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PLoS One. 2018 Dec 21;13(12):e0209201. doi: 10.1371/journal.pone.0209201. eCollection 2018.

Red blood cell phenotype fidelity following glycerol cryopreservation optimized for research purposes.

Author information

1
Department of Pediatrics, Divisions of Critical Care Medicine, Washington University in Saint Louis, School of Medicine, Saint Louis, MO, United States of America.
2
Department of Biochemistry & Molecular Biophysics, Washington University in Saint Louis, School of Medicine, Saint Louis, MO, United States of America.
3
Department of Pediatrics, Duke University School of Medicine, Durham, NC, United States of America.
4
Department Medicine, Duke University School of Medicine, Durham, NC, United States of America.
5
Departments of Medicine, Durham VA Medical Center, Durham, NC, United States of America.
6
Department of Radiation Oncology, Duke Univ. School of Medicine, Durham, NC, United States of America.
7
Washington University Center for Cellular Imaging, Washington University in Saint Louis, School of Medicine, Saint Louis, MO, United States of America.
8
Departments of Neuroscience and Cell Biology & Physiology, Washington University in Saint Louis, School of Medicine, Saint Louis, MO, United States of America.
9
Department of Biochemistry, University of Colorado Denver-Aurora, CO, United States of America.

Abstract

Intact red blood cells (RBCs) are required for phenotypic analyses. In order to allow separation (time and location) between subject encounter and sample analysis, we developed a research-specific RBC cryopreservation protocol and assessed its impact on data fidelity for key biochemical and physiological assays. RBCs drawn from healthy volunteers were aliquotted for immediate analysis or following glycerol-based cryopreservation, thawing, and deglycerolization. RBC phenotype was assessed by (1) scanning electron microscopy (SEM) imaging and standard morphometric RBC indices, (2) osmotic fragility, (3) deformability, (4) endothelial adhesion, (5) oxygen (O2) affinity, (6) ability to regulate hypoxic vasodilation, (7) nitric oxide (NO) content, (8) metabolomic phenotyping (at steady state, tracing with [1,2,3-13C3]glucose ± oxidative challenge with superoxide thermal source; SOTS-1), as well as in vivo quantification (following human to mouse RBC xenotransfusion) of (9) blood oxygenation content mapping and flow dynamics (velocity and adhesion). Our revised glycerolization protocol (40% v/v final) resulted in >98.5% RBC recovery following freezing (-80°C) and thawing (37°C), with no difference compared to the standard reported method (40% w/v final). Full deglycerolization (>99.9% glycerol removal) of 40% v/v final samples resulted in total cumulative lysis of ~8%, compared to ~12-15% with the standard method. The post cryopreservation/deglycerolization RBC phenotype was indistinguishable from that for fresh RBCs with regard to physical RBC parameters (morphology, volume, and density), osmotic fragility, deformability, endothelial adhesivity, O2 affinity, vasoregulation, metabolomics, and flow dynamics. These results indicate that RBC cryopreservation/deglycerolization in 40% v/v glycerol final does not significantly impact RBC phenotype (compared to fresh cells).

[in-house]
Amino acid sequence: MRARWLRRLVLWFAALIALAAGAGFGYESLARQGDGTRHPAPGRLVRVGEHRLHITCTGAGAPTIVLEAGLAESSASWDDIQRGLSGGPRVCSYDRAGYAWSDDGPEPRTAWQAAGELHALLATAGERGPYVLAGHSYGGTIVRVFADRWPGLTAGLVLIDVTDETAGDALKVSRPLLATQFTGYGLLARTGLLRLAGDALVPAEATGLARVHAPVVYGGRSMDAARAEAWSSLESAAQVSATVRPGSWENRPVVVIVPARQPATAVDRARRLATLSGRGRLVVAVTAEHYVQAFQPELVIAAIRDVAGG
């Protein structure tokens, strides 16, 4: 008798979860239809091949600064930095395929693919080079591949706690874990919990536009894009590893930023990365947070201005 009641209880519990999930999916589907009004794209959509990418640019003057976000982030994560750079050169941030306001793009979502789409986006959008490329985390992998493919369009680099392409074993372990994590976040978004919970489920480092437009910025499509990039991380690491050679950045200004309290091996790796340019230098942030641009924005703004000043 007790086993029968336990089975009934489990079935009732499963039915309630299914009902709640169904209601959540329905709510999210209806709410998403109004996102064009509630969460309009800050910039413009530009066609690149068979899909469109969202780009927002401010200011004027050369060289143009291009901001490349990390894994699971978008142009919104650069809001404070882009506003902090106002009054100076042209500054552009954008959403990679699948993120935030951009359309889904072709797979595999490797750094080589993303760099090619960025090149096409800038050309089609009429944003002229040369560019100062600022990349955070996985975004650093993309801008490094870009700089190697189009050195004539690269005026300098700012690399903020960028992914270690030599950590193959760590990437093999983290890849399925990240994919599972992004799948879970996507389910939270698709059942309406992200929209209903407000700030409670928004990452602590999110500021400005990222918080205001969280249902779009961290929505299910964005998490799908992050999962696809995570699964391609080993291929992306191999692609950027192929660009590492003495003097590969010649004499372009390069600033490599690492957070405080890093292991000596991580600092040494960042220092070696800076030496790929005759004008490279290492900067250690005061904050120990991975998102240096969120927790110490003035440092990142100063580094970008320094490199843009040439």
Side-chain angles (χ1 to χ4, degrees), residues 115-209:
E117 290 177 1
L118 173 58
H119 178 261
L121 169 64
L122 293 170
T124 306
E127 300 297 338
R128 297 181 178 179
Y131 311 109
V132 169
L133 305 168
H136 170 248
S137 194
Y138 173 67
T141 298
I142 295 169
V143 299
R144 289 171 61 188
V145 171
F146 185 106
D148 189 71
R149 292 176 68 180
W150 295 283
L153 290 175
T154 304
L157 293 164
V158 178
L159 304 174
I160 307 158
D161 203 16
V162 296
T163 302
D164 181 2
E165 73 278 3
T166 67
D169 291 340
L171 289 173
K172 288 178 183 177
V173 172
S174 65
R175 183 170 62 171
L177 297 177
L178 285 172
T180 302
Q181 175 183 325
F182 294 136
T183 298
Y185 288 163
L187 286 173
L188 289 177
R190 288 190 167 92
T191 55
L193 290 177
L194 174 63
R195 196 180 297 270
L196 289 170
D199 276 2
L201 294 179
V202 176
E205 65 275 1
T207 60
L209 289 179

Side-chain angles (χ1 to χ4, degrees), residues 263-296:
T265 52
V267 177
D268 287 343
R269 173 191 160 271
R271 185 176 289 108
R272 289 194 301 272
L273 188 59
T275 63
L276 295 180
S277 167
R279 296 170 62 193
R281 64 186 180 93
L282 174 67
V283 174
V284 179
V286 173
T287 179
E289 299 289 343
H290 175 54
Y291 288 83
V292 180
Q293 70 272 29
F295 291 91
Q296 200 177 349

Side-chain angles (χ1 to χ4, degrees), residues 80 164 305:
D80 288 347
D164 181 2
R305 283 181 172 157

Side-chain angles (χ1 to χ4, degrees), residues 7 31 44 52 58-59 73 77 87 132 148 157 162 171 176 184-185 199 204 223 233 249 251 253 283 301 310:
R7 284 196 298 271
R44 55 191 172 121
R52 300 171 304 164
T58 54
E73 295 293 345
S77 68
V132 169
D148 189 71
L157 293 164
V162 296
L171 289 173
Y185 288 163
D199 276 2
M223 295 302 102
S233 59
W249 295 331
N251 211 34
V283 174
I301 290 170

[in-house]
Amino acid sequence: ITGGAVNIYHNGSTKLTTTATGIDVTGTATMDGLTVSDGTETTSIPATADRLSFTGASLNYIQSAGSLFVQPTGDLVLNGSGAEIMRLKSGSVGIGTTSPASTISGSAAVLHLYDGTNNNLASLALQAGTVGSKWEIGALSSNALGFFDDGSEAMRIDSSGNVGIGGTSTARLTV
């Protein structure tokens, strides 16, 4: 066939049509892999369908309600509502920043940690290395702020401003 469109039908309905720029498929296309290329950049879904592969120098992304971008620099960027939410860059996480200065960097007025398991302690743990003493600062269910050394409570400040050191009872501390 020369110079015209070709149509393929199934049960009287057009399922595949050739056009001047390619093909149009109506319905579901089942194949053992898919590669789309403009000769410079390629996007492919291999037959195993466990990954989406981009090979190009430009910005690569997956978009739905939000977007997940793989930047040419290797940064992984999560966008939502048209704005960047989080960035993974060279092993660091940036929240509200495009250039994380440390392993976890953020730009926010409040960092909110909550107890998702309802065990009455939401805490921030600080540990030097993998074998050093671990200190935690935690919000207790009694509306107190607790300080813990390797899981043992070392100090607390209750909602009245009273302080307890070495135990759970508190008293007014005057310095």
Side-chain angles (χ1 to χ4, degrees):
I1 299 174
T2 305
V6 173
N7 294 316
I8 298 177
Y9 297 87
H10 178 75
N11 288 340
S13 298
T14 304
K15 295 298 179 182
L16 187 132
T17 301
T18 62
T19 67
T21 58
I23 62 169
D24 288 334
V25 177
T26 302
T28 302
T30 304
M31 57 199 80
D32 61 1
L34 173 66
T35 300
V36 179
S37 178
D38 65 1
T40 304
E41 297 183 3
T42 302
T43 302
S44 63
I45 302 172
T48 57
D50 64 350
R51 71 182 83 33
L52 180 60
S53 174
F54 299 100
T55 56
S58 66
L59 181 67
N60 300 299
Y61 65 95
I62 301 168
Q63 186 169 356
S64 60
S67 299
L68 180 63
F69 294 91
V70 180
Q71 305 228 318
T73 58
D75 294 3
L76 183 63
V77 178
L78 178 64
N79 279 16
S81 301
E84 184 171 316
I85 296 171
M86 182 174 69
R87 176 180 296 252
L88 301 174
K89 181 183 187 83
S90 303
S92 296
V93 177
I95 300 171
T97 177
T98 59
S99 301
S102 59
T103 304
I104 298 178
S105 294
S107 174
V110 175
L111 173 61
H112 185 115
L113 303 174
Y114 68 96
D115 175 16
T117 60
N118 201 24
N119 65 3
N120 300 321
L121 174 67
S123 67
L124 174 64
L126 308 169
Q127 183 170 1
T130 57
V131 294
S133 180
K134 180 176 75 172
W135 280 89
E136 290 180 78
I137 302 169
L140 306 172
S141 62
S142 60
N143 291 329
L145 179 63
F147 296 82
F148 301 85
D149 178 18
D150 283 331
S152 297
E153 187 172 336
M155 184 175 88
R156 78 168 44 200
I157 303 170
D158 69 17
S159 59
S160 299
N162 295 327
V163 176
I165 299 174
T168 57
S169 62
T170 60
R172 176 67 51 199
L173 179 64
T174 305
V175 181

PMID:
30576340
PMCID:
PMC6303082
DOI:
10.1371/journal.pone.0209201
[Indexed for MEDLINE]
Free PMC Article

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